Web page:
The Fool


Custom friends filters established! I have five categories.

  1. Open. This will be writing/essays/stories and occasionally pointless, uninformative entries, like things I'd like to put on a T-Shirt or webmemes.

  2. Friends. This will be generic posts involving things like requests for advice, slightly personal comments, and possibly general rants. I don't really rant that often, but this would be where I'd do it. I may also post bits of writing that I don't feel like sharing with the world at large here.

  3. Angst. Just what it sounds like. This is where I BARE MY SOUL to the harsh and cruel world, by which I mean a largely inaccessible blog post screened to the few people who I feel safe accepting criticism from and don't mind listening to... well, angsty whining.

  4. Magical thought. Because sometimes I go all woo-woo and talk about how God is a broken mirror surrounding the universe, or how I talk to invisible people, or how many angels can dance on the head of a monofilament wire. I think it's n-1, where n is the number of angels who can dance on a duofilament wire.

  5. Gaming. Systems and random thoughts for board, tabletop, and computer games.

I'll be posting to each filter in turn shortly, in order to allow people to see what I've pre-selected for them; if you want on a new filter, post here (comments are screened). If you want off an existing one, post here or in the filter post; I'll screen comments to those as well. The pre-assignments are really just what I think you'd want, much more than an indicator of my personal feelings about your worth as a human being. Unless you're flattered, in which case I'm totally doing it because I think you're the best person ever.
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The Fool

Pet Peeves

Those who:

1. Create online petitions.
2. Correct grammar incorrectly.
2a. Assume intellect from dialect. This includes netspeak.
3. Confuse constitutional rights with private rights.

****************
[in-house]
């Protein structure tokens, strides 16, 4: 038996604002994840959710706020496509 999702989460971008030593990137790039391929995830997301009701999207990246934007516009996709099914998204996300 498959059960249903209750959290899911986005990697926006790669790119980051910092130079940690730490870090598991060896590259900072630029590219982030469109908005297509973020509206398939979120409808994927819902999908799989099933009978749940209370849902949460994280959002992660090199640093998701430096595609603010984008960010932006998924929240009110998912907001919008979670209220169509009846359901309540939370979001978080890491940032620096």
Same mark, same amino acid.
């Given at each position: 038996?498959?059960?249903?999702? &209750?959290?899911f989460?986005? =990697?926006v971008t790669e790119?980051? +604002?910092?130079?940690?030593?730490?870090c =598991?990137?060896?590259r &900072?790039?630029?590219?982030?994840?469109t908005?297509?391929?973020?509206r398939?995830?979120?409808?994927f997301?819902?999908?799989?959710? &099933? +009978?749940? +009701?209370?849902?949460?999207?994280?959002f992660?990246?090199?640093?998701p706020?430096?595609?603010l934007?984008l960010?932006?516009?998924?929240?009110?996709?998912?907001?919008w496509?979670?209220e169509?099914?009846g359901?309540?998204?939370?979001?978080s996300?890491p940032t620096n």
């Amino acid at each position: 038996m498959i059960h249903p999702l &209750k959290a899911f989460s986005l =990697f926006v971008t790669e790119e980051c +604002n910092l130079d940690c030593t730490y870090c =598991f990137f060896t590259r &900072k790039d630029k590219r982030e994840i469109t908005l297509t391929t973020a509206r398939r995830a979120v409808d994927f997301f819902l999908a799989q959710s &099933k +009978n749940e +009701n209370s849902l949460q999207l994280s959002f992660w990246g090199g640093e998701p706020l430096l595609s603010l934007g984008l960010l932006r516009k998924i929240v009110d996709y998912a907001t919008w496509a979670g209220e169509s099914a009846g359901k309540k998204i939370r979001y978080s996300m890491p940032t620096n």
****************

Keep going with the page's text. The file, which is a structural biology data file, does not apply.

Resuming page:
4. Create needless work for others to make themselves look/feel busy.
5. Tell other people pet peeves unprompted.
6. Over-indulge in self-referential "humor."
7. Can't follow a Terry Gilliam movie.
The Fool

(no subject)

this is the story of the face i thought of last time i sat in mcdonalds and saw a skull
it was painted on a man with brown skin sitting in a river filled with filth
he drank for purity in that river of shit
i ate for health.

This is my Ganges.

Oh, I'd love to wear a rainbow every day.
And tell the world that everything's OK.
But I'll try to carry off a little darkness on my back;
'till things are brighter, I'm the man in black.
  • Current Music
    A Perfect Circle - Imagine
The Fool

(no subject)

I'm unusually conservatively-aligned among my group of friends. I'm in favor of gun and weapon rights for civilians and yet a little bothered by violence in the media. Violence in video games bothers me because it's a simulatory form, and violence in movies bothers me because it's so glamorized -- characters are usually on one side of a strict fence that separates "ass-kicking" and "dead."

I think I have an answer: we need more violence in movies.

More violence, less killing. Wincing, bruising, hospital stays, casts, prosthetics... Heroes and even villains who are genuinely appalled at the thought of killing somebody, and who, if they've lived a life of violence, look like they've lived a life of violence. The realism doesn't have to be gritty -- I think, on average, Tarantino (whose movies are hailed as exceptionally violent) does a better job of what I'd like to see than, say, the directors of the Transporter series or the Die Hard series.

But the best example yet, of course, would have to be OldBoy.